Increasing contamination of the environment by uranium on account of its mining and disposal of tailings is a worldwide problem. Microbial interactions with metals form an important part of the natural biogeochemical processes and have important consequences for human society. It is therefore, vital to advance our understanding of the metal-microbe interactions that may include physical and chemical adsorption, ion exchange co ordination, complexation, chelation and micro-precipitation in order to develop suitable bioremediation strategies for metal contaminated sites. Among microbes, cyanobacteria represent a morphologically diverse group of oxygenic, gram-negative photosynthetic prokaryotes, which are widely distributed in freshwater, marine and terrestrial environments. These organisms respond and adapt to most stress conditions and are often abundant in metal contaminated environments. Siderophores, constitute a major class of naturally occurringchelators that includes hydroxamate, catecholate, and carboxylicacid functional groups secreted by microorganisms in various habitats,which bind to iron and mediate its transport to the cell. Thesemetal chaperones are majorly specific for iron. Inspite of its specification for iron complexation, marine cyanobacterium S.elongatus BDU130911 was evaluated for siderophore production and its specificity to complex with uranium through in vitro and in silico analysis. Wet lab studies corroborate the siderophore production in marine cyanobacterium S.elongatus BDU130911and were identifiedas hydroxamate type. Also hydroxamate siderophore complexation with uranium was estimated to be 50% by Chrome Azurol S modified assay. In order to substantiate wet lab analysis, in silicodocking was performed between Desferroxamine (a standard hydroxamate type) with Fe (III) and UO22+. Docking studies validates the hydroxamate siderophore to bind effectively with Fe (III) and UO22+and their binding affinity constant remains >2Aº. This finding was the first report in marine cyanobacteria to elucidate uranium siderophore complexation through in vitro and in silico analysis.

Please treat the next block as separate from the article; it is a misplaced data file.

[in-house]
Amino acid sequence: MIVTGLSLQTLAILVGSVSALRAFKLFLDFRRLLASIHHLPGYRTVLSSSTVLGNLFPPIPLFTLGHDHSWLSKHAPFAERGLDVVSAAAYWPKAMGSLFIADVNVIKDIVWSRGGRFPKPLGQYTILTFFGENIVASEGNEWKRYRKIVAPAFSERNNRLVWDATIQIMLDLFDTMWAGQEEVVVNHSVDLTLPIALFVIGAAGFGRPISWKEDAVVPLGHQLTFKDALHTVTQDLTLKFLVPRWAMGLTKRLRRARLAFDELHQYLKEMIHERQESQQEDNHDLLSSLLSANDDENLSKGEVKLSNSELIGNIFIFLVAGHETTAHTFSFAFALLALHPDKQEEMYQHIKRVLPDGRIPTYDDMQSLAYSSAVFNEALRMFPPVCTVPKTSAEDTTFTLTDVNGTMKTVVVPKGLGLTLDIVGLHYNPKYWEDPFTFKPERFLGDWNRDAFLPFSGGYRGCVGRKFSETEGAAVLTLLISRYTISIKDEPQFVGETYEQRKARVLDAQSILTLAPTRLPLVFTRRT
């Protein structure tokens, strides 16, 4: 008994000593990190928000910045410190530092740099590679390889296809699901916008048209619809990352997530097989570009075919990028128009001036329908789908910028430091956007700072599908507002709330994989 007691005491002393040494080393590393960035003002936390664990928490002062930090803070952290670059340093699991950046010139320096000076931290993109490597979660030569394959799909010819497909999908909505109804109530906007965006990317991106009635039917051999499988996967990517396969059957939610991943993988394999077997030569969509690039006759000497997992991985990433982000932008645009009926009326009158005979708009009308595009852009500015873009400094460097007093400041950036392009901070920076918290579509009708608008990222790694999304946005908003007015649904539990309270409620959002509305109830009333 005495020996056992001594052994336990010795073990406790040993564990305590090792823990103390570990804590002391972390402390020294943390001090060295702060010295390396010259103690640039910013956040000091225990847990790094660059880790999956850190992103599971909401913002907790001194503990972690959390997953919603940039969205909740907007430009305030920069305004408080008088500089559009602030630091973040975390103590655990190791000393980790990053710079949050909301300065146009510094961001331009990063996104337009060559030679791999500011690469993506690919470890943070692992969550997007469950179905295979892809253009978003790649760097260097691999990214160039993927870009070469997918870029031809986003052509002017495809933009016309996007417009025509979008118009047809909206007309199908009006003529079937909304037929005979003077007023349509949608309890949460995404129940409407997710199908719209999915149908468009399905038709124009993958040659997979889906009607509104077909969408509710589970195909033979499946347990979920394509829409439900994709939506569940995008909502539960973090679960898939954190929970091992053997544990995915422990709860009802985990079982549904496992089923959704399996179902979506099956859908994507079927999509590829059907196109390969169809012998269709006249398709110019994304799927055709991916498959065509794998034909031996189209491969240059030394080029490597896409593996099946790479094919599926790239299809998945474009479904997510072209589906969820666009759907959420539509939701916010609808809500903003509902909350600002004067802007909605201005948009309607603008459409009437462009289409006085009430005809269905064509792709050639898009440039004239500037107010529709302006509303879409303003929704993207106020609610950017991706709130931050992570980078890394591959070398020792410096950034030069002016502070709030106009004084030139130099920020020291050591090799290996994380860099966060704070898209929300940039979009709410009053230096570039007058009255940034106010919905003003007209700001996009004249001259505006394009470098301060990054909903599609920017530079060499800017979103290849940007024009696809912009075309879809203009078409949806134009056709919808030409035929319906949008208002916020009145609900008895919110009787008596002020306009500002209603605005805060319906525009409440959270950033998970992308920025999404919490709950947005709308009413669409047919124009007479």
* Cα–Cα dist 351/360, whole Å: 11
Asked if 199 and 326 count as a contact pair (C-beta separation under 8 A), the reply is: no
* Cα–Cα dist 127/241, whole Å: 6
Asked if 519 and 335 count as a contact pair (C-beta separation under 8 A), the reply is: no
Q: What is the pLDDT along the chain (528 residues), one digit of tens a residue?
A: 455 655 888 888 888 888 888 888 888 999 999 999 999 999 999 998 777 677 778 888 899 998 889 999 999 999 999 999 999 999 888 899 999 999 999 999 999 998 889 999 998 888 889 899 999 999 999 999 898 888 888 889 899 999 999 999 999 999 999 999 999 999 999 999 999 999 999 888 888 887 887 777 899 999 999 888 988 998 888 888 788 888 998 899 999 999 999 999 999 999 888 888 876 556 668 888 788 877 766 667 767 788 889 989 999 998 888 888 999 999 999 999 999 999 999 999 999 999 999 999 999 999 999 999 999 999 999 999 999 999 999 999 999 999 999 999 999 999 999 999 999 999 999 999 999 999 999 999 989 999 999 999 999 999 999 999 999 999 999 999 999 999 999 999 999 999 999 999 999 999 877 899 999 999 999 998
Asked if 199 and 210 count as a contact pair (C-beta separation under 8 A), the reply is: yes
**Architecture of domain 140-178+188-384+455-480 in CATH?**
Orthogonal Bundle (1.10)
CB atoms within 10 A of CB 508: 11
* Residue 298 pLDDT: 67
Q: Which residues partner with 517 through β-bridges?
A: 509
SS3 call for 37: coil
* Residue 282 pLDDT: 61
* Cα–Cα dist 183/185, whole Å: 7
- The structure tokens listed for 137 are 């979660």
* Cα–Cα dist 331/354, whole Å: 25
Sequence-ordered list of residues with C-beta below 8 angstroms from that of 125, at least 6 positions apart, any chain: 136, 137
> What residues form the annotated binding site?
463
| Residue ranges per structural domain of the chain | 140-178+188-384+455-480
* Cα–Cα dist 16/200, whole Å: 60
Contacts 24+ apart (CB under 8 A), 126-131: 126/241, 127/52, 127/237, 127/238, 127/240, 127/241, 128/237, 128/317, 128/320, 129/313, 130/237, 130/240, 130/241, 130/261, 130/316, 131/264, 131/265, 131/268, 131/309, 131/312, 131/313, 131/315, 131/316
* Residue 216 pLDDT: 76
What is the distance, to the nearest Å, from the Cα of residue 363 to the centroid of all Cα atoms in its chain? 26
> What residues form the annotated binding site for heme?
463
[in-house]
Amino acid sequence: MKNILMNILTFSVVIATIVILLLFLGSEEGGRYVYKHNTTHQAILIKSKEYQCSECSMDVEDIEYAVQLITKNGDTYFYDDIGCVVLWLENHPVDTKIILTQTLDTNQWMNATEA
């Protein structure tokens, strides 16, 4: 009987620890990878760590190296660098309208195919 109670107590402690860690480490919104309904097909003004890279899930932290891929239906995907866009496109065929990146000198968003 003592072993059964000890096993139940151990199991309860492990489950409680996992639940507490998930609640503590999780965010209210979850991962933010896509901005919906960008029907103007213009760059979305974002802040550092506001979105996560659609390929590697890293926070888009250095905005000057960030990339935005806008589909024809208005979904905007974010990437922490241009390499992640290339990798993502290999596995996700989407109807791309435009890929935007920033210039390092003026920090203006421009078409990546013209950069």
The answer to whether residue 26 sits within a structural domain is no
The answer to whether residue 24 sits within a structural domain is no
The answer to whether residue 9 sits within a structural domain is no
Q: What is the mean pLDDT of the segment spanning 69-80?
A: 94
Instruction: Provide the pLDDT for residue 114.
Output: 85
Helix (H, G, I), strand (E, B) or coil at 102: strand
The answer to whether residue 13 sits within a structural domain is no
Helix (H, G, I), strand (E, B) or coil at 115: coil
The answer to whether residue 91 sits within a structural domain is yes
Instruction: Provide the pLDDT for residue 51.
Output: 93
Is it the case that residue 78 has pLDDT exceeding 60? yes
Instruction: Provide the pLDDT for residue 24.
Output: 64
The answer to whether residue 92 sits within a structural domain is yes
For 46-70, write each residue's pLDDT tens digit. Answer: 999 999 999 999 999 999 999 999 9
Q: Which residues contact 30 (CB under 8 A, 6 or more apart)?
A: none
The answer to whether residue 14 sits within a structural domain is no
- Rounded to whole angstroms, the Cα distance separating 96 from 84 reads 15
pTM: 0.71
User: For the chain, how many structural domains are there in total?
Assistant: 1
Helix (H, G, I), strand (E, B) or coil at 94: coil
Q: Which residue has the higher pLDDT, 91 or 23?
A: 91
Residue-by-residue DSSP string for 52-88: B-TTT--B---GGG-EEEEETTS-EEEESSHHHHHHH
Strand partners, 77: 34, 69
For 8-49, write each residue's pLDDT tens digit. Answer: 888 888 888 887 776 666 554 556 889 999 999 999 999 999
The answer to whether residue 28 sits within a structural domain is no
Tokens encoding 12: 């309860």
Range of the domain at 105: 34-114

Desferroxamine – Fe(III)
Desferroxamine – UO22+
Project titled “Marine cyanobacteria – A potential candidate for uranium mining”,, sponsored by DAE, Govt. of India
 
Marine cyanobacterial carbon sequestration